I think re-branding is always a little tricky. We’re talking to an audience that is new to Lifetime, and people are still finding the show. The audience that is responding to the show is more of a binge-watching-on-Netflix audience, so that’s a huge challenge for the conventional ratings system.

Is that how you watch TV?
I’ve never had a TV. I watch everything on my laptop. And that’s true of just about everyone I know.

So you’d probably have trouble finding this show yourself.
I found an opportunity in a really unexpected place to make a show that I’m really proud of, but there’s a huge quandary about getting to people the way they like to watch television. We do love the week-to-week aspect of it — the live-tweeting and the conversation. Even though I love binge-watching, that gets lost in the binge-watching culture because you don’t have the water cooler moment where people can talk about things online in real time.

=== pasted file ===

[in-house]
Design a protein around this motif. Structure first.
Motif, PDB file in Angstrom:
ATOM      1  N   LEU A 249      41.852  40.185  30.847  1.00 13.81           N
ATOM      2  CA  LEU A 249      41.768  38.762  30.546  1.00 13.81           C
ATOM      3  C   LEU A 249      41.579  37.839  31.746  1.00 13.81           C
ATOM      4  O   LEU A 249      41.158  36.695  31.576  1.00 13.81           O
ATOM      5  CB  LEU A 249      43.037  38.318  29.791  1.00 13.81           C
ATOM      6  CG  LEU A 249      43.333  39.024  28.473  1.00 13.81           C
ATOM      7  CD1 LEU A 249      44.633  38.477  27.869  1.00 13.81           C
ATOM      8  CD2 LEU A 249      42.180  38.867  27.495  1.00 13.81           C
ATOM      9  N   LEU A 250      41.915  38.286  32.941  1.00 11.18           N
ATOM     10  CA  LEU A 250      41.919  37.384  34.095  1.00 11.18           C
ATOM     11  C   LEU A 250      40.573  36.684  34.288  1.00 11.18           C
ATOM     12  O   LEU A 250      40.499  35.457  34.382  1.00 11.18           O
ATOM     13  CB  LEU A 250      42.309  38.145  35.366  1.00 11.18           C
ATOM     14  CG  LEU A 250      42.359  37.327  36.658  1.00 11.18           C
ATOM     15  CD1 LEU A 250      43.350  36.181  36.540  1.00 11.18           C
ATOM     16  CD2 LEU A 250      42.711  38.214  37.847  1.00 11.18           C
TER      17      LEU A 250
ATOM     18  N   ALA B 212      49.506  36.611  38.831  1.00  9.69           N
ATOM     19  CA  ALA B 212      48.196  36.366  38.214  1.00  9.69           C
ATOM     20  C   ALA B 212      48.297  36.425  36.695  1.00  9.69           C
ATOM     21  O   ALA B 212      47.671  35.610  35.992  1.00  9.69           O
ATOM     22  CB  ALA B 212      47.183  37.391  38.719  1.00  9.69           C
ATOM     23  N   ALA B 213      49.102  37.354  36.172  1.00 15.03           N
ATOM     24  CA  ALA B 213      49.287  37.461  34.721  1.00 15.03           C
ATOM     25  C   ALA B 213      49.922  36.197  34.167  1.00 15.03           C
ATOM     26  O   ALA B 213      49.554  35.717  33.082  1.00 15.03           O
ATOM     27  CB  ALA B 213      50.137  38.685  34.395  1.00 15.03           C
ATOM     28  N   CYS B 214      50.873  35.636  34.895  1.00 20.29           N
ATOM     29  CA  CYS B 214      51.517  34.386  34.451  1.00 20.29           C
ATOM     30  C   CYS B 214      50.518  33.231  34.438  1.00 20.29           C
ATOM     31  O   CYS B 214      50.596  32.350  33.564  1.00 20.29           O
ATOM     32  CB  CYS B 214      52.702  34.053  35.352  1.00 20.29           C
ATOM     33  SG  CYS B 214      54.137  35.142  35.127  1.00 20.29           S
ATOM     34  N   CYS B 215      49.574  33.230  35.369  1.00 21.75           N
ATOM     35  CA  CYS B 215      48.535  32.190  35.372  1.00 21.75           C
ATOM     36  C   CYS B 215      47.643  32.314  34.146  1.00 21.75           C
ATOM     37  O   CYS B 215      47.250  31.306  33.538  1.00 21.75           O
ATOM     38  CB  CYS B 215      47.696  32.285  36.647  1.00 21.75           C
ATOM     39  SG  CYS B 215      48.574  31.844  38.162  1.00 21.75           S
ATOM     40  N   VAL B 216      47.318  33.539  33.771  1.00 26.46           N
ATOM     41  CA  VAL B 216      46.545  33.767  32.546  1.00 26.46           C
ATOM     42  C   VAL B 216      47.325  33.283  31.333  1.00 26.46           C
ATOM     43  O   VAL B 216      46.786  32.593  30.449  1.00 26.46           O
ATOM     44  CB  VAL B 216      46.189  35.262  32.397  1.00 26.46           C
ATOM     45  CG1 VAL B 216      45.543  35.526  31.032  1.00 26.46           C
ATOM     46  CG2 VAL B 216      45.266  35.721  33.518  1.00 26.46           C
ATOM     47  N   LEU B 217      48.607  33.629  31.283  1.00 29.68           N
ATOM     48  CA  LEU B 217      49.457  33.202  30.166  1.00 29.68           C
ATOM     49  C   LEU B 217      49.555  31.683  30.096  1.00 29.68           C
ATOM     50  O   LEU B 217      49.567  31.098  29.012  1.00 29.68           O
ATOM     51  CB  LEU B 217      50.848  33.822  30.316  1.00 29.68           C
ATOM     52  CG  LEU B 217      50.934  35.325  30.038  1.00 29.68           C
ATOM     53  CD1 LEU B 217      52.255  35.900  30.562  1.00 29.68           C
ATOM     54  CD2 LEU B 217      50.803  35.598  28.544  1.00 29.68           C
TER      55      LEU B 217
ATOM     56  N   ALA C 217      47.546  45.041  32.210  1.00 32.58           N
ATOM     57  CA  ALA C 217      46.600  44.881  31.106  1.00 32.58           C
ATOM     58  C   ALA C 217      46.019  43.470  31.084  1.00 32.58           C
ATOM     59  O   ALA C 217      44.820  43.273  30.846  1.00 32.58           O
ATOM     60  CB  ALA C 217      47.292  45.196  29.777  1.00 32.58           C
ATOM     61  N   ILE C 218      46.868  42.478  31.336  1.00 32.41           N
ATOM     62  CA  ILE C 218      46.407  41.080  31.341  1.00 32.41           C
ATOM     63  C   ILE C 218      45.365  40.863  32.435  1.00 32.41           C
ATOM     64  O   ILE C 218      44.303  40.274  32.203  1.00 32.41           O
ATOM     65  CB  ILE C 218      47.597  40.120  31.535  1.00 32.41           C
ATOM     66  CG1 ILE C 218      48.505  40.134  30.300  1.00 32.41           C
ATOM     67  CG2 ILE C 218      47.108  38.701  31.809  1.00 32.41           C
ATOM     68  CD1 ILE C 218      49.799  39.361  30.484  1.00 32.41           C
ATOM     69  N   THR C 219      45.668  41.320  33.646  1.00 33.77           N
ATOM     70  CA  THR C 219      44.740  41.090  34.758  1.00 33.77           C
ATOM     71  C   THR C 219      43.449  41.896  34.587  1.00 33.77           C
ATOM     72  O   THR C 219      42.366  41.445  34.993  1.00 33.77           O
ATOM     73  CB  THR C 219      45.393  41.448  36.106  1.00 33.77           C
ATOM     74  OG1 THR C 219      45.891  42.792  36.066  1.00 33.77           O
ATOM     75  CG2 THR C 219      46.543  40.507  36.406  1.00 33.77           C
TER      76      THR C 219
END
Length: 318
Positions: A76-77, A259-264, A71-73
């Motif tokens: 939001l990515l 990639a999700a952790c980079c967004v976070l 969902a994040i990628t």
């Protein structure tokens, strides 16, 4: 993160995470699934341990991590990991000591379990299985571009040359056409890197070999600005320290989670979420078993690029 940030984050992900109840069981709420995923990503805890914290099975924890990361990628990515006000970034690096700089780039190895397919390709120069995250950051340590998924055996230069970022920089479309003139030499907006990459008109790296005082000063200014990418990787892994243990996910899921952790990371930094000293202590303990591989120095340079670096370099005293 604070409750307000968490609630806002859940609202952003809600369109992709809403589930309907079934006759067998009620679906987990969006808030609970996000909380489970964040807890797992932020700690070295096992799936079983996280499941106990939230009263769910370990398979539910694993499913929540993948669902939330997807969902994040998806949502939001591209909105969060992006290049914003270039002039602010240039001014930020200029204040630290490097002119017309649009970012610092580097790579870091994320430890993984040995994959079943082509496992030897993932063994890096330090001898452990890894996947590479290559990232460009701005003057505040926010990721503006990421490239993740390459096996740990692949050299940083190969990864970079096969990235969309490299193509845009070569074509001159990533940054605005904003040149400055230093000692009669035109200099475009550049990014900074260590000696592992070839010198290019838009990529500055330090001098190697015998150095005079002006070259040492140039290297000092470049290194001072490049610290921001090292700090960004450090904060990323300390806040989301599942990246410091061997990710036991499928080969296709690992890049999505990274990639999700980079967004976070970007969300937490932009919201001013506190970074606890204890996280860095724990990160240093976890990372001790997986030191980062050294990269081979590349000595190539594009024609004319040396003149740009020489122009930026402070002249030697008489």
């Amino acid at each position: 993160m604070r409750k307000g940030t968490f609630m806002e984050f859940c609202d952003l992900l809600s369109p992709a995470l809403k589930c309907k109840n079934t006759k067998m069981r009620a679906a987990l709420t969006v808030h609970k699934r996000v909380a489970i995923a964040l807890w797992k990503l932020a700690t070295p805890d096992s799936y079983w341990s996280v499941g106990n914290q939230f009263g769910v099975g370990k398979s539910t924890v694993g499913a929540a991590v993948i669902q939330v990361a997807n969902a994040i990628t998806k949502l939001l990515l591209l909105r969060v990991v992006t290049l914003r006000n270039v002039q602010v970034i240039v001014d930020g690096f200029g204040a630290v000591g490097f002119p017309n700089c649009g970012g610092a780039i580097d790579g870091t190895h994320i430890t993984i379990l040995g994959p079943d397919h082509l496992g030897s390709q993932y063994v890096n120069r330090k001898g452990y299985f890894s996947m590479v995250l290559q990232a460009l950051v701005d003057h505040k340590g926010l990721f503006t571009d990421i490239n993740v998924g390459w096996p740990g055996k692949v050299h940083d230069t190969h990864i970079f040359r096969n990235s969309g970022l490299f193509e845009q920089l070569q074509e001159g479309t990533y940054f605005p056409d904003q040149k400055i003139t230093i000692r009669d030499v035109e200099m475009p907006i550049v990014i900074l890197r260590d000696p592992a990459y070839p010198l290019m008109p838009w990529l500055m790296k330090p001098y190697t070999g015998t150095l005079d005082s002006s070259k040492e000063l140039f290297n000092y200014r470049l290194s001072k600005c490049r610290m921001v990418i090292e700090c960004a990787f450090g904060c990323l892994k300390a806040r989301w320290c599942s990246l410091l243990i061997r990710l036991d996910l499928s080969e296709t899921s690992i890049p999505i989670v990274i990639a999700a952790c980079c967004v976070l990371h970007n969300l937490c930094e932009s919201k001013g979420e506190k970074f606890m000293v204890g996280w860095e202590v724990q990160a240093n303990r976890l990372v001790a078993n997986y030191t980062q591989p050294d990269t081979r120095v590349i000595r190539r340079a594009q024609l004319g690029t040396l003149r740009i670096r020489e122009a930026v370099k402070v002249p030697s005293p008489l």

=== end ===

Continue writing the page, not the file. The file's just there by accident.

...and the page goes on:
There is a scene in the episode that airs Monday July 6 that is going to be a jaw-dropper.
Have you seen it yet?

No. Lifetime’s publicists wouldn’t show me that episode. They wouldn’t even tell me what it is.
I’ll say this: You won’t believe we go there. It’s farther than you could imagine Lifetime or the show going.

Is it a sex thing?
It’s not really a sex thing, but it’s something that could really spark conversation about the real-world impact of this kind of television.

Is it kind of like the Broad City pegging episode?
[Laughs.] I don’t think so, but I love Broad City.


Scott Porch writes about pop culture, politics and history. He is a contributing writer for The Daily Beast and has written for The Atlantic, Esquire, The FADER, Maxim, Politico Magazine, and Salon.